Hohe Tauern window

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This article is about the geology of the (European) Alps. For the main article see: geology of the Alps
Geology of the Alps
The Alps
Tectonic subdivision

Helvetic Zone

Penninic nappes
Austroalpine nappes
Southern Alps
Formations & rocks

Bündner schist | flysch | molasse

Geological structures

Aarmassif | Dent Blanche klippe | Engadine window | Flysch zone | Giudicárie line | Greywacke zone | Hohe Tauern window | Molasse basin | Penninic thrustfront | Periadriatic Seam | Ivrea zone | Lepontin dome | Rechnitz window | Rhône-Simplon line | Sesia unit

Paleogeographic terminology

Valais Ocean

Briançonnais zone
Piemont-Liguria Ocean
Apulian or Adriatic plate

The Hohe Tauern window is a geological structure in the Austrian Central Eastern Alps. It is a window (in German fenster) in the Austroalpine nappes where high-grade metamorphic rocks of the underlying Penninic nappes crop out. The structure is caused by a large dome-like antiform in the nappe stacks of the Alps.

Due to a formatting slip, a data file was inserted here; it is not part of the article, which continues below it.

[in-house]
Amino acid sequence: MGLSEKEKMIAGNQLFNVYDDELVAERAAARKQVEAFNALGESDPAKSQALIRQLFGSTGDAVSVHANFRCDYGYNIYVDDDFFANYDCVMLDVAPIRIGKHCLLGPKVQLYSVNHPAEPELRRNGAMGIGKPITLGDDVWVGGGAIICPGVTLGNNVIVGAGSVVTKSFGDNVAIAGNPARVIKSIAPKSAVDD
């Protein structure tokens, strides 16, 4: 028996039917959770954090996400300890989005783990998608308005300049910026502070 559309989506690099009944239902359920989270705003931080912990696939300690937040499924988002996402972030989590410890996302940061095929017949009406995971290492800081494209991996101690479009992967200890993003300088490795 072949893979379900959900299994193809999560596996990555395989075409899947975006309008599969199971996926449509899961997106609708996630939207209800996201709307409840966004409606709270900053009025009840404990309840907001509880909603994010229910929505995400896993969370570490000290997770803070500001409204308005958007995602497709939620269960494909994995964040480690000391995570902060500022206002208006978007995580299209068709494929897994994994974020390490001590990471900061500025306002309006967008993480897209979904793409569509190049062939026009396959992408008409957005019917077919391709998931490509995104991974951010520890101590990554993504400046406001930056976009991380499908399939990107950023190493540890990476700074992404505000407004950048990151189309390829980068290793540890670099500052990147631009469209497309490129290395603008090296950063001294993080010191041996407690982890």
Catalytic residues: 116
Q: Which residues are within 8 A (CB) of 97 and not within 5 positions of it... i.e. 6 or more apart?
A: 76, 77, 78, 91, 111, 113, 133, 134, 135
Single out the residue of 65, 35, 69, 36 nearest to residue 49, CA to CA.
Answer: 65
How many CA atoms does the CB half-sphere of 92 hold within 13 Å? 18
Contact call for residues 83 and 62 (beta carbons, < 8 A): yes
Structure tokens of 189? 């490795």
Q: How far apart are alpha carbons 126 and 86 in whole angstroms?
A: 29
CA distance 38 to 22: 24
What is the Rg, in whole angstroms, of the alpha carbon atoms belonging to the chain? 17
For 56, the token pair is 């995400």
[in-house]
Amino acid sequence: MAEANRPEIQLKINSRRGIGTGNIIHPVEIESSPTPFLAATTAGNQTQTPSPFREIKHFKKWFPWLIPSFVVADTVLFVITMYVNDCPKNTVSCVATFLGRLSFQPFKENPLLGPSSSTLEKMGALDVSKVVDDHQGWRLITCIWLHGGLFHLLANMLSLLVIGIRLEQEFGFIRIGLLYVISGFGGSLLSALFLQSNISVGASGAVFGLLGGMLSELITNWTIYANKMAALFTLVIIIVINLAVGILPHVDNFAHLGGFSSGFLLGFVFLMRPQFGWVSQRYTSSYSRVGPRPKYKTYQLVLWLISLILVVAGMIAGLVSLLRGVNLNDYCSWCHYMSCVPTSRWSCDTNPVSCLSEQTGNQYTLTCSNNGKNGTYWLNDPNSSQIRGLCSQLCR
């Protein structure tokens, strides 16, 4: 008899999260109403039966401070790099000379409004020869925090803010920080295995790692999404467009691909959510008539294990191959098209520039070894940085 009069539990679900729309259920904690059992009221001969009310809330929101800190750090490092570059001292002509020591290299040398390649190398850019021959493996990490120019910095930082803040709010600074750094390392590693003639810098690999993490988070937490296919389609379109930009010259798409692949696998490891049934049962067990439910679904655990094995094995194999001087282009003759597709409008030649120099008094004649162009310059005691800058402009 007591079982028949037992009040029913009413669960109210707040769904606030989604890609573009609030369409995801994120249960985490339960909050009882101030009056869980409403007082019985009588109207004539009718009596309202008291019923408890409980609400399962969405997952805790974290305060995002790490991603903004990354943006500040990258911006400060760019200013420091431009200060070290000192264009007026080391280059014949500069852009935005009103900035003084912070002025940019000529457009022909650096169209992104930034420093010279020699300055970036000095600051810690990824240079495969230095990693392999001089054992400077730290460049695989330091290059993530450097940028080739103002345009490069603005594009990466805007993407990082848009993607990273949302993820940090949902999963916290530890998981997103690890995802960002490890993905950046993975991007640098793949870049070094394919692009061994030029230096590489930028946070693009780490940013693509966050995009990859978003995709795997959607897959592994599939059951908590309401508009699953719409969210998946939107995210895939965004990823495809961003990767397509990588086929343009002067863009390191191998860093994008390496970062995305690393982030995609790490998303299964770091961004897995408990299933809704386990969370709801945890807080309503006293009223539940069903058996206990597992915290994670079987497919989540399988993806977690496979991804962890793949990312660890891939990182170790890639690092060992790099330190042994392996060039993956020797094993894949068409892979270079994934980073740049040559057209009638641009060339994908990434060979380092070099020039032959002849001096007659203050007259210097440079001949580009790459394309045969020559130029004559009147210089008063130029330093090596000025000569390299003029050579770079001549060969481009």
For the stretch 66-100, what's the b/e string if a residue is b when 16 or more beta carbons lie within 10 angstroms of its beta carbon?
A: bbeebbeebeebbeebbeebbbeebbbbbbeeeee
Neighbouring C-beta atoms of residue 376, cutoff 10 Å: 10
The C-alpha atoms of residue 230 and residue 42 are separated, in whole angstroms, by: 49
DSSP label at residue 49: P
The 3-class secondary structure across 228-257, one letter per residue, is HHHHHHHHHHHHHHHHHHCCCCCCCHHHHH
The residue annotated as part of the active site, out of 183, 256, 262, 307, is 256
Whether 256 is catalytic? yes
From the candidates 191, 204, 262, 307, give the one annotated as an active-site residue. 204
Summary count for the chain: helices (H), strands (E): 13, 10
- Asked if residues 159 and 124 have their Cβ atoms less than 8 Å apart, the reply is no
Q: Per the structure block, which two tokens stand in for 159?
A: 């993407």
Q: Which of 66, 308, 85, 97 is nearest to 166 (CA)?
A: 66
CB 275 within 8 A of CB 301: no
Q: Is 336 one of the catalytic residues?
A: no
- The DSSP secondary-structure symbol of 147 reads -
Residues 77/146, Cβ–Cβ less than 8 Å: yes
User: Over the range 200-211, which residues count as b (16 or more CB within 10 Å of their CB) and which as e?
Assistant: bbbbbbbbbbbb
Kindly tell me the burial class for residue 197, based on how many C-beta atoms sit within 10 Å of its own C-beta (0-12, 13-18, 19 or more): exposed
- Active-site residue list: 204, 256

The relatively hard rocks of the Hohe Tauern window are more resistant to erosion, so the window has a high relief. The mountain chains thus formed are called the Hohe Tauern. Most of Austria’s highest mountains are in the Hohe Tauern, among them the Großglockner (3798 m) and Großvenediger (3674 m).

See also[edit]

Coordinates: 47°00′N 12°30′E / 47.000°N 12.500°E / 47.000; 12.500